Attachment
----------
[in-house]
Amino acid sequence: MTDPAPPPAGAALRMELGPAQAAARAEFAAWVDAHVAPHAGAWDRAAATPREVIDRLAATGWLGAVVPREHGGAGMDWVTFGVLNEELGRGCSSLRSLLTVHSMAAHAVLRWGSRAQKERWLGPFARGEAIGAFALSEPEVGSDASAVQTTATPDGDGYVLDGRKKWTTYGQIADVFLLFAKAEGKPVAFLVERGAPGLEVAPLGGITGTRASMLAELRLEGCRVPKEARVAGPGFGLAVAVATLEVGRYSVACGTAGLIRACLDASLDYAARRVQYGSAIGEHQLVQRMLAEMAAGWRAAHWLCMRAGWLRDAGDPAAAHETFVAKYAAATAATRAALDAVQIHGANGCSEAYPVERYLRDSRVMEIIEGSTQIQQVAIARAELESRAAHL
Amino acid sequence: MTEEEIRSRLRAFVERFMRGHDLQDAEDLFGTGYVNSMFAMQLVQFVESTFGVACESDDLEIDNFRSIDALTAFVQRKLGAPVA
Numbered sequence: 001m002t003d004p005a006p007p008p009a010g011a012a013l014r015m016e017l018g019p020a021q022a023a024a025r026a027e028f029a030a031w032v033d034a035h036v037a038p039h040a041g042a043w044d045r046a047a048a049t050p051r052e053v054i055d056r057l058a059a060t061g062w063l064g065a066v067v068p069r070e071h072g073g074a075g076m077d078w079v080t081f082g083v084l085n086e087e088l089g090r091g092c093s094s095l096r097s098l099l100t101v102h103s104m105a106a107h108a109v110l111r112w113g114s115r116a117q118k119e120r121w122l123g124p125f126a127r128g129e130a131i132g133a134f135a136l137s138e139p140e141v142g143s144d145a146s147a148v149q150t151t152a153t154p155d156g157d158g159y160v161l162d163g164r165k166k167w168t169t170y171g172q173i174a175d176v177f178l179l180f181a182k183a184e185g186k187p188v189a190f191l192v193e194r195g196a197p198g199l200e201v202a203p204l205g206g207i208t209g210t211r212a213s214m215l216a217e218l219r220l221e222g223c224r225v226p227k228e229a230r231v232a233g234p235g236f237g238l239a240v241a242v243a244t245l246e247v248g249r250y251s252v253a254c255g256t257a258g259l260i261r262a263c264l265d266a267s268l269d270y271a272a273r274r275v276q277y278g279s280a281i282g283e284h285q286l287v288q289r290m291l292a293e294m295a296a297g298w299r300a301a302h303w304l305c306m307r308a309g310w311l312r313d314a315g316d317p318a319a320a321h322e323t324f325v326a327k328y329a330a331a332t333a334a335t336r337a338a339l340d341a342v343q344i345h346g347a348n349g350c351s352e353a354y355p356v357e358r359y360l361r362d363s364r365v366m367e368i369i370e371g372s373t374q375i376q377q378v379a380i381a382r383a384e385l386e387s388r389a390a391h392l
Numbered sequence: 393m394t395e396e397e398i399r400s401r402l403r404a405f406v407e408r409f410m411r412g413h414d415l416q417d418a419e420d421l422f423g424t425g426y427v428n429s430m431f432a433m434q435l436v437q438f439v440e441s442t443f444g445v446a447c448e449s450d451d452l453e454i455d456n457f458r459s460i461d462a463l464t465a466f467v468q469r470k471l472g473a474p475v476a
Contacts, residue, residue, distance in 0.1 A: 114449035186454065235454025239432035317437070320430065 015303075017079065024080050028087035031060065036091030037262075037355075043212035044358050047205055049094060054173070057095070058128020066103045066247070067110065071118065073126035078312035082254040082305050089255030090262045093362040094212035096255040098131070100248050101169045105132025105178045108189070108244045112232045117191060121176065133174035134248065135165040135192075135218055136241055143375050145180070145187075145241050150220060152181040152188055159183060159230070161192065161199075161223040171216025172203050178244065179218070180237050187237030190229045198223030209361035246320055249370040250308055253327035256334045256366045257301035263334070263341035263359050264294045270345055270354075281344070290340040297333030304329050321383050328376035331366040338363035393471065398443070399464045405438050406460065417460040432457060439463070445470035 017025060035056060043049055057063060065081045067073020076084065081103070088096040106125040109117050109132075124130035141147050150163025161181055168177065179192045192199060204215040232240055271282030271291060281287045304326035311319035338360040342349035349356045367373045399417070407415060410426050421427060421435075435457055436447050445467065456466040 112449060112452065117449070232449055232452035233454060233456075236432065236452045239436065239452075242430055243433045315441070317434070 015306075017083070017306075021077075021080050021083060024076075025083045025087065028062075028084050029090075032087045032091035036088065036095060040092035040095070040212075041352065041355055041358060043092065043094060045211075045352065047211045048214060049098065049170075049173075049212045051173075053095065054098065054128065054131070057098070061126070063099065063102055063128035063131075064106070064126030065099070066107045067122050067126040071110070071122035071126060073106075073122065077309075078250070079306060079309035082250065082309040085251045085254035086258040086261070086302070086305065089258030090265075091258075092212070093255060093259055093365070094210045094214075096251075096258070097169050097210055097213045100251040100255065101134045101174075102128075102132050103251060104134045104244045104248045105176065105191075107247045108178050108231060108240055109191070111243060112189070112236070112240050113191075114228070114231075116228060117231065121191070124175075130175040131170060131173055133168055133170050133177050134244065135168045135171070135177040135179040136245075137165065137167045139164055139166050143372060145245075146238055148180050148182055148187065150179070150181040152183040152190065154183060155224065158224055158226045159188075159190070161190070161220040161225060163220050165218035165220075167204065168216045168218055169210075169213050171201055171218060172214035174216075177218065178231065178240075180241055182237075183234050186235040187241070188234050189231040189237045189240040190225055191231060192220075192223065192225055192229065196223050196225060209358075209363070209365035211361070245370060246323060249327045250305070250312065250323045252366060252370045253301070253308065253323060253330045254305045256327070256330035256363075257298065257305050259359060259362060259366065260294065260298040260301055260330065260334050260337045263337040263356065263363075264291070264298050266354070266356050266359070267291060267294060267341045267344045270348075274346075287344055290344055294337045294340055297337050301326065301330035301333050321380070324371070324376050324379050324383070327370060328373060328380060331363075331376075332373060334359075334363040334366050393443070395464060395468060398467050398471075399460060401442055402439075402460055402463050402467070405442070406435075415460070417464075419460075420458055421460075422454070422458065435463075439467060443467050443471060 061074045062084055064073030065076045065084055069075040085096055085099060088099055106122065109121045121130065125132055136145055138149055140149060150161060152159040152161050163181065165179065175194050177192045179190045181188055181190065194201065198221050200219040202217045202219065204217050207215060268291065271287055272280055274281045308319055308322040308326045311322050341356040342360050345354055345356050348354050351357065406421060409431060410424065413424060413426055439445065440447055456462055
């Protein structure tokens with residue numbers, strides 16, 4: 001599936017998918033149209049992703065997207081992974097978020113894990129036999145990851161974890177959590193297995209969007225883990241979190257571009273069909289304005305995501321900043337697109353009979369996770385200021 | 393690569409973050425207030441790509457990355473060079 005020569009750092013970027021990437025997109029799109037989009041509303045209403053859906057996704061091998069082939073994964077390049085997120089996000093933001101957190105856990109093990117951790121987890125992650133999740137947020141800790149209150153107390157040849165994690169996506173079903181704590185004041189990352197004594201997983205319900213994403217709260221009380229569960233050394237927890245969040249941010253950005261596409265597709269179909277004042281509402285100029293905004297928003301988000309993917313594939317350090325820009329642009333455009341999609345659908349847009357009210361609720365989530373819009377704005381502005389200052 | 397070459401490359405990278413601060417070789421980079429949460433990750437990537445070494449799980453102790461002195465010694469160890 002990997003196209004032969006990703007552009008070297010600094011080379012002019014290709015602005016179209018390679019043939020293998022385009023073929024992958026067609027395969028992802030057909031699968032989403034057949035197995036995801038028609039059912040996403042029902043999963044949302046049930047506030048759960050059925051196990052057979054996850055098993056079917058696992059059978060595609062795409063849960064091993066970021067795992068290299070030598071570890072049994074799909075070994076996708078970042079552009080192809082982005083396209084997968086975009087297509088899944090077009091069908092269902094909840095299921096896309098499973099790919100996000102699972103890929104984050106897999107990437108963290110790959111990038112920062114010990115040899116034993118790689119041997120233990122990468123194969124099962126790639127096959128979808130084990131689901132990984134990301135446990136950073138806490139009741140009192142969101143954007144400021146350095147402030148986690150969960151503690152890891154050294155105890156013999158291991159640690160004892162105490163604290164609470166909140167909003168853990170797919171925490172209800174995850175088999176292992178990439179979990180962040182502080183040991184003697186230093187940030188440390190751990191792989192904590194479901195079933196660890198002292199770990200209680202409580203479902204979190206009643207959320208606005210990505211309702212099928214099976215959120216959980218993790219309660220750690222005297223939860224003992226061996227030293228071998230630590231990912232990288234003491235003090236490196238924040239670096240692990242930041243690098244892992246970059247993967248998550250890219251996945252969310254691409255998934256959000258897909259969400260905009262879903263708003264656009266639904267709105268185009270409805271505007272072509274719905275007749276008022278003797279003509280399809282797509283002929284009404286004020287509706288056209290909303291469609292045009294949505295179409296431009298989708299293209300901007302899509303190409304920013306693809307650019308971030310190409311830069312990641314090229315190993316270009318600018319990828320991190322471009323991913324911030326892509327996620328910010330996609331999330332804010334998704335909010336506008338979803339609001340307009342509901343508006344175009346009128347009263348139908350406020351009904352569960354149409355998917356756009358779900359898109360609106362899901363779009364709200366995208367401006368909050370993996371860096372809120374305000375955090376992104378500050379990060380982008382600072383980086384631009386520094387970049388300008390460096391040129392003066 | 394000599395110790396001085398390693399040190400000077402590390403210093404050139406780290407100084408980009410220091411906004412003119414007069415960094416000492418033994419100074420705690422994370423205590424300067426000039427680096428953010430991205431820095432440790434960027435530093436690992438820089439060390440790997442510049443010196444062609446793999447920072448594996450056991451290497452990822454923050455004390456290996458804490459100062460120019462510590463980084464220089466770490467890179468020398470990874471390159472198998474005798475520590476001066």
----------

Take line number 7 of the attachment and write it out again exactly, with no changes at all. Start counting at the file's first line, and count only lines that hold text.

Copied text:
């Protein structure tokens with residue numbers, strides 16, 4: 001599936017998918033149209049992703065997207081992974097978020113894990129036999145990851161974890177959590193297995209969007225883990241979190257571009273069909289304005305995501321900043337697109353009979369996770385200021 | 393690569409973050425207030441790509457990355473060079 005020569009750092013970027021990437025997109029799109037989009041509303045209403053859906057996704061091998069082939073994964077390049085997120089996000093933001101957190105856990109093990117951790121987890125992650133999740137947020141800790149209150153107390157040849165994690169996506173079903181704590185004041189990352197004594201997983205319900213994403217709260221009380229569960233050394237927890245969040249941010253950005261596409265597709269179909277004042281509402285100029293905004297928003301988000309993917313594939317350090325820009329642009333455009341999609345659908349847009357009210361609720365989530373819009377704005381502005389200052 | 397070459401490359405990278413601060417070789421980079429949460433990750437990537445070494449799980453102790461002195465010694469160890 002990997003196209004032969006990703007552009008070297010600094011080379012002019014290709015602005016179209018390679019043939020293998022385009023073929024992958026067609027395969028992802030057909031699968032989403034057949035197995036995801038028609039059912040996403042029902043999963044949302046049930047506030048759960050059925051196990052057979054996850055098993056079917058696992059059978060595609062795409063849960064091993066970021067795992068290299070030598071570890072049994074799909075070994076996708078970042079552009080192809082982005083396209084997968086975009087297509088899944090077009091069908092269902094909840095299921096896309098499973099790919100996000102699972103890929104984050106897999107990437108963290110790959111990038112920062114010990115040899116034993118790689119041997120233990122990468123194969124099962126790639127096959128979808130084990131689901132990984134990301135446990136950073138806490139009741140009192142969101143954007144400021146350095147402030148986690150969960151503690152890891154050294155105890156013999158291991159640690160004892162105490163604290164609470166909140167909003168853990170797919171925490172209800174995850175088999176292992178990439179979990180962040182502080183040991184003697186230093187940030188440390190751990191792989192904590194479901195079933196660890198002292199770990200209680202409580203479902204979190206009643207959320208606005210990505211309702212099928214099976215959120216959980218993790219309660220750690222005297223939860224003992226061996227030293228071998230630590231990912232990288234003491235003090236490196238924040239670096240692990242930041243690098244892992246970059247993967248998550250890219251996945252969310254691409255998934256959000258897909259969400260905009262879903263708003264656009266639904267709105268185009270409805271505007272072509274719905275007749276008022278003797279003509280399809282797509283002929284009404286004020287509706288056209290909303291469609292045009294949505295179409296431009298989708299293209300901007302899509303190409304920013306693809307650019308971030310190409311830069312990641314090229315190993316270009318600018319990828320991190322471009323991913324911030326892509327996620328910010330996609331999330332804010334998704335909010336506008338979803339609001340307009342509901343508006344175009346009128347009263348139908350406020351009904352569960354149409355998917356756009358779900359898109360609106362899901363779009364709200366995208367401006368909050370993996371860096372809120374305000375955090376992104378500050379990060380982008382600072383980086384631009386520094387970049388300008390460096391040129392003066 | 394000599395110790396001085398390693399040190400000077402590390403210093404050139406780290407100084408980009410220091411906004412003119414007069415960094416000492418033994419100074420705690422994370423205590424300067426000039427680096428953010430991205431820095432440790434960027435530093436690992438820089439060390440790997442510049443010196444062609446793999447920072448594996450056991451290497452990822454923050455004390456290996458804490459100062460120019462510590463980084464220089466770490467890179468020398470990874471390159472198998474005798475520590476001066």